[UW-GIS-L] scale problem?
kbenet at u.washington.edu
Sun Nov 23 20:57:30 PST 2003
It's hard for me to tell, but those look like UTM (meters) coordinates
and I've never seen much data in NAD 83 in UTM. Likely from the fact you
got it from DRGs it's likely to be UTM Zone 10 NAD27 in meters.
Your other data is in geographic DD.
I may be wrong, but I think that ArcGIS, though it can do 'on the fly'
stuff, cant correctly rescale one to the other across these two frames of
Try going into arctools, and define the projection of your points as
geographic decimal degreees using North American Datum of 1927 (the NAD27
referred to earlier).
Then use the projection tools to reproject it into UTM Zone 10 NAD27
with horizontal units as meters. I think that there is a good chance it
will match up.
----- Original Message -----
From: "Sacha Vignieri" <sachav at u.washington.edu>
To: <uw-gis-l at u.washington.edu>
Sent: Sunday, November 23, 2003 7:05 PM
Subject: [UW-GIS-L] scale problem?
> Hello again,
> Thanks to everyone who provided advice on this problem earlier, it was
> extremely helpful! I have come closer to solving the problem, but am
> still stuck. I was able to get some assistance from more experienced
> users and together we were able to ensure that we were correctly
> attempting to place both my lat long points and the TIFF map (changed
> into a raster grid) in the same projection. We even reprojected both
> datasets and in doing so were able to see the points plotted on the same
> screen as the map (however I am unconvinced that the map was changed).
> This made it clear that there is a scale issue occuring. The points and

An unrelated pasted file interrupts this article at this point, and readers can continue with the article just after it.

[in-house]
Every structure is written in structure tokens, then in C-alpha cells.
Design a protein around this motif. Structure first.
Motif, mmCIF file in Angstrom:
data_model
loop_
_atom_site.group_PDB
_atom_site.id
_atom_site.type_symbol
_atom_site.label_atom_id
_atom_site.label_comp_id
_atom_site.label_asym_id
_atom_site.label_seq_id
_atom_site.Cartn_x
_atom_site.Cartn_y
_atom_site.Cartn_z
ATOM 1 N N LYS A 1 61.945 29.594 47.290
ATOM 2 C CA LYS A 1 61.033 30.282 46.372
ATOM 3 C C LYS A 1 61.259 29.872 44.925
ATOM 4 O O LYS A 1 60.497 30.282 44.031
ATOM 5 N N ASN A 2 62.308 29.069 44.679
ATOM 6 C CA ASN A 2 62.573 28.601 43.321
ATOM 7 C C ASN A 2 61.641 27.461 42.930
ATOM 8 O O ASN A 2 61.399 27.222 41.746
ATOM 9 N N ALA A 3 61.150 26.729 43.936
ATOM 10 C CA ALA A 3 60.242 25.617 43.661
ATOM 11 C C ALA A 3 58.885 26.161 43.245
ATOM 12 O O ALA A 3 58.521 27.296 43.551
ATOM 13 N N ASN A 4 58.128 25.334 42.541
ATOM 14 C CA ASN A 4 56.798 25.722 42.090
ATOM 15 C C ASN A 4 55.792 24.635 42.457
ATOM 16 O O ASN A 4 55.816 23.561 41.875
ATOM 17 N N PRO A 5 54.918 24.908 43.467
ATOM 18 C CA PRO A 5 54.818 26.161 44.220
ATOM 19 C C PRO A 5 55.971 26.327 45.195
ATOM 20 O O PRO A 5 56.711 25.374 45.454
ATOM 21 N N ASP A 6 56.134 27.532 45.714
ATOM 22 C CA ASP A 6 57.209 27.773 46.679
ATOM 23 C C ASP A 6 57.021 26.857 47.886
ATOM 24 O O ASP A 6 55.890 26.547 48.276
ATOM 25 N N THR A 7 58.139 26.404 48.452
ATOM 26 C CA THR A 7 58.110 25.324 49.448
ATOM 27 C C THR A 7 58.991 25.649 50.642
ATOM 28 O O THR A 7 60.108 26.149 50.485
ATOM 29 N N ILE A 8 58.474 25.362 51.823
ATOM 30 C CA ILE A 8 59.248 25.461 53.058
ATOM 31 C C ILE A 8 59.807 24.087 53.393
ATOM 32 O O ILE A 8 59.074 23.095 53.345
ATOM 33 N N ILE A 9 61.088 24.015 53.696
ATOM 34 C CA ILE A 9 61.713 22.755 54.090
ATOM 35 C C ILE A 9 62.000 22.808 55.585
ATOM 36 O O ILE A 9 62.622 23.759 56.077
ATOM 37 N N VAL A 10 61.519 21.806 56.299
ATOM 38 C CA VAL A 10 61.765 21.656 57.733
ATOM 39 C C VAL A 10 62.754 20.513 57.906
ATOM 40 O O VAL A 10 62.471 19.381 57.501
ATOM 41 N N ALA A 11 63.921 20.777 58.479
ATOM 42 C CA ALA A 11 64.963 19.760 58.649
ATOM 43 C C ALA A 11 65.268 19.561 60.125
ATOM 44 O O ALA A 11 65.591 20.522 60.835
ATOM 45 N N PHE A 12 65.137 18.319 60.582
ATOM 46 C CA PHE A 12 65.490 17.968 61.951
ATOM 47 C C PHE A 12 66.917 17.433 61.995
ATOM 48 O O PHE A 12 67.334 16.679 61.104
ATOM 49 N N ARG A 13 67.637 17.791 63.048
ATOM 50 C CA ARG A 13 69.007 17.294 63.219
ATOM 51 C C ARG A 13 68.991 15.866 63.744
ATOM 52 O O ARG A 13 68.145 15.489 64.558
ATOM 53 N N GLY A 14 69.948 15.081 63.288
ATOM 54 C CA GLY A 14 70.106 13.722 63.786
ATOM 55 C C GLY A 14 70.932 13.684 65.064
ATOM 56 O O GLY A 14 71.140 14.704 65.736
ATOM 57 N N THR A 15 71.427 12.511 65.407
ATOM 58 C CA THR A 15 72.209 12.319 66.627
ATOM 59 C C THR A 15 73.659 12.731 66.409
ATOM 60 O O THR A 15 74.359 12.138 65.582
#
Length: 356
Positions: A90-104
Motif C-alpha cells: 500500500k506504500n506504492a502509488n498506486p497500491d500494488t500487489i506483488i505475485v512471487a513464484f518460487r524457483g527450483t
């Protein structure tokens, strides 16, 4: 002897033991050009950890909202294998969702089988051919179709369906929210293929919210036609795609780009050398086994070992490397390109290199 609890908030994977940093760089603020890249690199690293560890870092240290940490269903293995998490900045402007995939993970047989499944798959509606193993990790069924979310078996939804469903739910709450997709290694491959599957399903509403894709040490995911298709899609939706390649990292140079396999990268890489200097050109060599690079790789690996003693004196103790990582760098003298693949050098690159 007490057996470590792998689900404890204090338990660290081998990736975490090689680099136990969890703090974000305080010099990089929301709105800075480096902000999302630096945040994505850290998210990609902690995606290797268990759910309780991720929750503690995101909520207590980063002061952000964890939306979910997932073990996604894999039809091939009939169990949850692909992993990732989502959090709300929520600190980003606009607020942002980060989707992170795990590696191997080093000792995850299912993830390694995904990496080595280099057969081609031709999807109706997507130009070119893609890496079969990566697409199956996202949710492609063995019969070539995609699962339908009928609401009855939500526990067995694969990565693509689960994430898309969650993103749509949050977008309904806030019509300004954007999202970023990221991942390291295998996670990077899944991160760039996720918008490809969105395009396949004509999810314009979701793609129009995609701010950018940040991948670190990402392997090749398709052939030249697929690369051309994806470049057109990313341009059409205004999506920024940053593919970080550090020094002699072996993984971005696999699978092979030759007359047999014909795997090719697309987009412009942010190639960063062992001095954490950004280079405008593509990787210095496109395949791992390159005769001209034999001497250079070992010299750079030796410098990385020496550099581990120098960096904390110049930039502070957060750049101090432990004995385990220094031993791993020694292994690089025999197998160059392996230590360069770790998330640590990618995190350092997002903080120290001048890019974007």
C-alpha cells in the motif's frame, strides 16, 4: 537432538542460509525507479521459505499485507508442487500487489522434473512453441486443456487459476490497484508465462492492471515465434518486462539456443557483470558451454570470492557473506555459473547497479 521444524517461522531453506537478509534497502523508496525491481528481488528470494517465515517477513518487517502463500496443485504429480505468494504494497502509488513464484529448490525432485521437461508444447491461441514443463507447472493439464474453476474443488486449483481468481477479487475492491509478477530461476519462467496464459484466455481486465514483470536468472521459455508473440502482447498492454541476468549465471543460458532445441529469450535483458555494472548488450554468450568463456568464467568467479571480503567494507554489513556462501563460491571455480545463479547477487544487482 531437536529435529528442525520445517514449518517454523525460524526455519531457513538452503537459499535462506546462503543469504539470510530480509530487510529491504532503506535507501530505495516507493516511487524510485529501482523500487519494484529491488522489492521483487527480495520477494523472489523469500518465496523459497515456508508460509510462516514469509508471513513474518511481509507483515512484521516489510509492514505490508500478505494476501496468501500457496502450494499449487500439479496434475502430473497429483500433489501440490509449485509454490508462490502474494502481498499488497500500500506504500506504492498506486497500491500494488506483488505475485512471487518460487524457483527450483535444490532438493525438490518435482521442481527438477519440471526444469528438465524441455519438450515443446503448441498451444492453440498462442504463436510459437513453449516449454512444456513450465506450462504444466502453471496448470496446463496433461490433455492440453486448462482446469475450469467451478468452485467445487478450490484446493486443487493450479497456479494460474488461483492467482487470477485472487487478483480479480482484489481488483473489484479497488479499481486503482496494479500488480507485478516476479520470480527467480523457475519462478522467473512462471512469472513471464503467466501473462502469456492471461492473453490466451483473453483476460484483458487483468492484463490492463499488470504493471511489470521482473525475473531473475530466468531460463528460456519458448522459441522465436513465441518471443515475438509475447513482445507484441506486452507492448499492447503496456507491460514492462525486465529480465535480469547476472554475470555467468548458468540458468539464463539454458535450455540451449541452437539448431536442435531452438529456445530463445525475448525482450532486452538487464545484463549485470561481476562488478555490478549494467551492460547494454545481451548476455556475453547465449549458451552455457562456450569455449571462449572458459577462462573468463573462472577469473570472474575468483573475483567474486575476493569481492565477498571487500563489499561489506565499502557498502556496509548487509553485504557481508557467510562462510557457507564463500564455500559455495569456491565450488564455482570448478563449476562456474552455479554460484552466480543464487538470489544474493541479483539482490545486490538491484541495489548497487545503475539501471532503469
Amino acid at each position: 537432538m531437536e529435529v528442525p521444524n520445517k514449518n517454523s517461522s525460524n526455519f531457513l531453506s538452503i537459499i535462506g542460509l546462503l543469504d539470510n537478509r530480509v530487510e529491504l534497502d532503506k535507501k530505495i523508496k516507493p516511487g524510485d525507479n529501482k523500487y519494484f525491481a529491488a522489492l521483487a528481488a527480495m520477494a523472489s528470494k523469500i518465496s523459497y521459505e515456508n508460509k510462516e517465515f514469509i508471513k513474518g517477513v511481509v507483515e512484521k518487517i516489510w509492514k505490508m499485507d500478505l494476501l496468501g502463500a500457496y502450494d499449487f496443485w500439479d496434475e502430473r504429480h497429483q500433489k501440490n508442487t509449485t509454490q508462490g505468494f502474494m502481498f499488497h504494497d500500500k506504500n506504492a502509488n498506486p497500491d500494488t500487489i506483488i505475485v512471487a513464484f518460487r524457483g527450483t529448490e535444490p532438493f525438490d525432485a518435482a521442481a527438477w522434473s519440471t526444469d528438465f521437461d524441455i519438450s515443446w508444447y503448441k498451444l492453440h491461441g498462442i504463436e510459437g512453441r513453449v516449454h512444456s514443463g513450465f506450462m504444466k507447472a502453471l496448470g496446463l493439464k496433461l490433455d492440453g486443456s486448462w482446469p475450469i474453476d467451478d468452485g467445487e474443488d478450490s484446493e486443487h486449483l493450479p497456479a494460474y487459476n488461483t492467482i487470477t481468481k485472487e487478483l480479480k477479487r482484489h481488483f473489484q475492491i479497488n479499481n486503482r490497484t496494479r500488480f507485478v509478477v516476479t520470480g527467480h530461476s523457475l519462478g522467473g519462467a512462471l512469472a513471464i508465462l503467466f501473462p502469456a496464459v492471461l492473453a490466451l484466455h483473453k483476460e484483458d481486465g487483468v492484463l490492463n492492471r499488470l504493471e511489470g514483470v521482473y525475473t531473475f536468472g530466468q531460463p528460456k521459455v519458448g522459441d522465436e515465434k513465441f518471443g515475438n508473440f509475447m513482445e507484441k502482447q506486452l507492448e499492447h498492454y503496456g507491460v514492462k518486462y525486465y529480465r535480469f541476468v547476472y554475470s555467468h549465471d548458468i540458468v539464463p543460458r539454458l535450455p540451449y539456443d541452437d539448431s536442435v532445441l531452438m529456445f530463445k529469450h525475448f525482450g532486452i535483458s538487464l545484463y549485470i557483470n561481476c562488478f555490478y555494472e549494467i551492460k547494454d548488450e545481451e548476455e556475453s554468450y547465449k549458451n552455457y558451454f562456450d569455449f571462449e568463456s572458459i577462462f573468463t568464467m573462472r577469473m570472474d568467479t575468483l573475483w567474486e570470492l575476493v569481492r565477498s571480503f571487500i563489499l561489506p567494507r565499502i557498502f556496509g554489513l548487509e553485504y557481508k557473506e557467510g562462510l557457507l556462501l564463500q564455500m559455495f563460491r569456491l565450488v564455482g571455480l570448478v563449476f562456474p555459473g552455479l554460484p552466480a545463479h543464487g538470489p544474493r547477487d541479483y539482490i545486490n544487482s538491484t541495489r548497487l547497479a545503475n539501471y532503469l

> map are off by several orders of magnitude. In the metadata preview, the
> boundings for the map are
> West: -444153.292651
> North: 172351.152340
> South: 170998.773464
> Whereas those of the points are
> West: -123.538300
> North: 47.480598
> South: 47.400002
> Clearly, the point boundaries are determined from the lat long values.
> Perhaps the map is in meters? I have tried to reproject the map,
> unsuccessfully. I have also tried to reproject the points into UTM (and
> many other projections) with no change in scale. I am not sure how to
> re-define one or the other so that they will overlap. When I overlayed
> the points onto a map of the US provided with the ArcGIS software, they
> maintained their considerably larger scale. These points were collected
> in a river drainage that spans, at most, 30 miles. When overlayed onto
> the Washington portion of the US map, they appeared spread out across
> the entire Olympic Peninsula.
> Hopefully, this will be my last call for help.
> Thanks again for your advice and time!
> Sacha Vignieri
> Department of Biology
> University of Washington
> sachav at u.washington.edu
> Uw-gis-l mailing list
> Uw-gis-l at u.washington.edu
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